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In terms of our ability to communicate with others, hearing is our most critical sense.

Hearing Loss

Even relatively mild hearing loss can seriously disrupt how we interact and connect with others. Without healthy hearing, our social, mental, and physical health can plummet. Hearing loss also has significant implications on overall quality of life. Healthy hearing requires several processes in the ear and brain to work properly in order to correctly interpret the sounds you hear. Hearing loss can prevent crucial pieces of sound information from reaching the brain, leading to confusion and an inability to understand what is being said. Commonly, an ear problem in the outer or middle ear is referred to as a conductive hearing loss, while inner-ear problems or brain-processing difficulties are referred to as sensorineural hearing loss. These are two distinct types of hearing loss with differing treatment methods.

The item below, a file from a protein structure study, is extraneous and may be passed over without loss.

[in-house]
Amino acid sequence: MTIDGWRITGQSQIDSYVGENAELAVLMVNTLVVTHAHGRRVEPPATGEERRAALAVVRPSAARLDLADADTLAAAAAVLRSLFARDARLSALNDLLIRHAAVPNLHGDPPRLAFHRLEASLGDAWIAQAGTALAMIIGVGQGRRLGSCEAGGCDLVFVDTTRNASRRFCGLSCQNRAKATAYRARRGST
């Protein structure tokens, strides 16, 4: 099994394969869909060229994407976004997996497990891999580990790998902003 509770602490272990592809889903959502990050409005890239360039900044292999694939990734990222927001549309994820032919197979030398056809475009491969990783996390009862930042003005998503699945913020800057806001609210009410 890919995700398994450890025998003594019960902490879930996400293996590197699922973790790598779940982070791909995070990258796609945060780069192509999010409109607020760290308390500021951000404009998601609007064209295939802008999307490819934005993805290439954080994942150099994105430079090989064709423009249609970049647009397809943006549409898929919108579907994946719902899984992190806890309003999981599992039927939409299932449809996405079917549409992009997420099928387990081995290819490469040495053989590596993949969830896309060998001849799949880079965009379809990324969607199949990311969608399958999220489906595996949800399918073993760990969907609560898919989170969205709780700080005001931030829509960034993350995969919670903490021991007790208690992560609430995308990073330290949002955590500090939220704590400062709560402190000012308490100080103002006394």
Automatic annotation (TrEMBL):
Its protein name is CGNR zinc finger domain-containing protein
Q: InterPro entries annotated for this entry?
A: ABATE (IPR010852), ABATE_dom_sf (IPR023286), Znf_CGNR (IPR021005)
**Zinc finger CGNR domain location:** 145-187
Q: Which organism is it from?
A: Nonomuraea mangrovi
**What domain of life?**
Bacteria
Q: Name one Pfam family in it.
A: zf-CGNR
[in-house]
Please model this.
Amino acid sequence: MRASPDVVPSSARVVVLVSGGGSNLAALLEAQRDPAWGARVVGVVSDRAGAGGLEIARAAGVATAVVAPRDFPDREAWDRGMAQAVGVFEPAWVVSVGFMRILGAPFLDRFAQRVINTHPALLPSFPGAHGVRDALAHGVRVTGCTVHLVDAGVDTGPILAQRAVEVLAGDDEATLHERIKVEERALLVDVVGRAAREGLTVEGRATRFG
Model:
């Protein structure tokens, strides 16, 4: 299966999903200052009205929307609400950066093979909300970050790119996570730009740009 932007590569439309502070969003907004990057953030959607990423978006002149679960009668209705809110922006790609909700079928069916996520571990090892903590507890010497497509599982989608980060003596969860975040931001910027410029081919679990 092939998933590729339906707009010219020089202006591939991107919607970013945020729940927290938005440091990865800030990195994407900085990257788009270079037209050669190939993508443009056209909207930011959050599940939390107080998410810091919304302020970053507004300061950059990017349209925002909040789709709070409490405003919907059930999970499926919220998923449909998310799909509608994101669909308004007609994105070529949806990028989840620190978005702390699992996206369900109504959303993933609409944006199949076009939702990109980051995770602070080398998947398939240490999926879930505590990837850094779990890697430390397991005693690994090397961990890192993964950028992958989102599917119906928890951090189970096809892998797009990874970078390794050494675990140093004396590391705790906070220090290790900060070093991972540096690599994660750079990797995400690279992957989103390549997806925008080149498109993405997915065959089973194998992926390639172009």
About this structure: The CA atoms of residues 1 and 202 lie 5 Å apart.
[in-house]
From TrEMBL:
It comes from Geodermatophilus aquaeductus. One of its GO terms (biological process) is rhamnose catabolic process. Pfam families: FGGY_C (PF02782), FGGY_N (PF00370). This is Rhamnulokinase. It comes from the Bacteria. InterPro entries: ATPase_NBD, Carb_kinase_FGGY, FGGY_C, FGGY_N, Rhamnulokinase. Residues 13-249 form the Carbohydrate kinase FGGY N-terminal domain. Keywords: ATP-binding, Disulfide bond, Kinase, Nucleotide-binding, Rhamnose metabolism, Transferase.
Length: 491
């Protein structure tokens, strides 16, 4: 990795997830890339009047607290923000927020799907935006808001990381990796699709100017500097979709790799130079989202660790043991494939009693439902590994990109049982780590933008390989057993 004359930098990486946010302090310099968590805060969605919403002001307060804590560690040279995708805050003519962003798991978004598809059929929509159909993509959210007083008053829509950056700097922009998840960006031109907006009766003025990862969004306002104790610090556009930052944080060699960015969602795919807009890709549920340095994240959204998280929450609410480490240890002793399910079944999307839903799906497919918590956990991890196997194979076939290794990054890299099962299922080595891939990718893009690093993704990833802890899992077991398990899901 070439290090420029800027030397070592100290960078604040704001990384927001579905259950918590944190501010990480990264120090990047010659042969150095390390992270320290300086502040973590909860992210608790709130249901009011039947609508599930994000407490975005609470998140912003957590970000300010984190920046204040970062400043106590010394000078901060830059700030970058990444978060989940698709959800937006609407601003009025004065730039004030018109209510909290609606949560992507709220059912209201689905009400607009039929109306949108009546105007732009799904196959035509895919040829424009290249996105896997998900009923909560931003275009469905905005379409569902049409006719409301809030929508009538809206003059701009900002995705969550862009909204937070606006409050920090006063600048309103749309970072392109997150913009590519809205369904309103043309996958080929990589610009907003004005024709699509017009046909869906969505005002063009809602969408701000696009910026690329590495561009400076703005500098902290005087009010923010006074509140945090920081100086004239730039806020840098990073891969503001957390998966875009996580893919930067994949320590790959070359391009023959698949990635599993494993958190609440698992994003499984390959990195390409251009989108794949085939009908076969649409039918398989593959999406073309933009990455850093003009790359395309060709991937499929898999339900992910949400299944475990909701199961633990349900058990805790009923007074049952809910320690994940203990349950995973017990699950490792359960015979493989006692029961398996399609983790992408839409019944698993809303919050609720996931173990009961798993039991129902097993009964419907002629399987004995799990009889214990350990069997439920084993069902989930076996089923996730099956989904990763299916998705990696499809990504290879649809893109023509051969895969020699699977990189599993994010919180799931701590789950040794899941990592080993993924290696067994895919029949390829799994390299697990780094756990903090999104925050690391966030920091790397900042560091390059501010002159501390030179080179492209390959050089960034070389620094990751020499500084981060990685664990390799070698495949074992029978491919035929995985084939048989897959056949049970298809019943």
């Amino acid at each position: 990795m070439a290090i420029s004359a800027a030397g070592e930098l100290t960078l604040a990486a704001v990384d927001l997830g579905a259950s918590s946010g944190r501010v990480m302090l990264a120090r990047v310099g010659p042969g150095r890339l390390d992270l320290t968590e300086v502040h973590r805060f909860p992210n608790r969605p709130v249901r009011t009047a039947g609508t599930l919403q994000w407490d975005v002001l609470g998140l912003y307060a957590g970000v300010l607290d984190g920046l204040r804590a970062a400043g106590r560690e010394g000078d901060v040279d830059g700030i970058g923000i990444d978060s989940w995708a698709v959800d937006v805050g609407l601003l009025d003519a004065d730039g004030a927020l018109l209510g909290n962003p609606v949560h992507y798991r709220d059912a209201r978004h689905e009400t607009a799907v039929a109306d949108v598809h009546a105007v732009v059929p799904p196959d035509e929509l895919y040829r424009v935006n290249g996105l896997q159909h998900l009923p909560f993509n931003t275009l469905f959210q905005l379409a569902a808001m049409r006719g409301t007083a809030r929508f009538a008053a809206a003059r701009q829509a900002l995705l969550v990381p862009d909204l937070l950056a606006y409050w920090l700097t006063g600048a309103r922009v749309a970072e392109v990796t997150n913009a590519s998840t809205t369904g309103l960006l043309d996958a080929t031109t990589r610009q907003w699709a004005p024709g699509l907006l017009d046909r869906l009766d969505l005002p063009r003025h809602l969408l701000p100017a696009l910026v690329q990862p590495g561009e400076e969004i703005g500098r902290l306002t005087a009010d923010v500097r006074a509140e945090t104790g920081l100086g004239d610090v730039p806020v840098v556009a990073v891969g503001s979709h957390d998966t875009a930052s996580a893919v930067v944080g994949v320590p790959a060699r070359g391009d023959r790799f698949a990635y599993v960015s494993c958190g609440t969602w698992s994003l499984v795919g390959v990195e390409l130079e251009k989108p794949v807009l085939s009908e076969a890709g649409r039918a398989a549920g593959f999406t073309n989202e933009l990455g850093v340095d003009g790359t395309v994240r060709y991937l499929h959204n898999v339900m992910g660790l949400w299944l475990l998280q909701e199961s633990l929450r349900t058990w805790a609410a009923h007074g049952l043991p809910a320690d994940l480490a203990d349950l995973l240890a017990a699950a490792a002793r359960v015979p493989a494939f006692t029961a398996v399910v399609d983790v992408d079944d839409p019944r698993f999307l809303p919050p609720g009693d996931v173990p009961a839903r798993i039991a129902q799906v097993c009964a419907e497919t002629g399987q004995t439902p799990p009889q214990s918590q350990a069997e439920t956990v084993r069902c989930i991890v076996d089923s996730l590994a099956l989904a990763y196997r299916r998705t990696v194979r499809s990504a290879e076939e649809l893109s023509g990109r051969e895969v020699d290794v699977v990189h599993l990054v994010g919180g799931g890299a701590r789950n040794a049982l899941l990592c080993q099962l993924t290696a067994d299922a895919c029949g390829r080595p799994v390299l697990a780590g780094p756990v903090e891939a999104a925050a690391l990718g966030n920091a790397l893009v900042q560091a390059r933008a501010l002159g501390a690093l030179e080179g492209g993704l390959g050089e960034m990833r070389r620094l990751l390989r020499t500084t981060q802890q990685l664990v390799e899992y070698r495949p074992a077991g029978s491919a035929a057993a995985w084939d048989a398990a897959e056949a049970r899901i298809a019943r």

Binaural Hearing refers to the brain’s ability to integrate information from both ears at once, which greatly improves overall communication and the ability to understand where sounds come from in relation to your body’s position. Hearing with both ears helps us to listen in noisy, complex environments.
 

It’s difficult to get by with only one healthy ear (unilateral hearing loss), particularly in educational settings. For example, children with unilateral hearing loss are far more likely to be forced to repeat a grade. Additionally, individuals with unilateral hearing loss find that speech comprehension suffers greatly, falling to only about 30 to 35 percent of what can be heard with two healthy ears.

Type of Hearing Loss

Types of Hearing Loss

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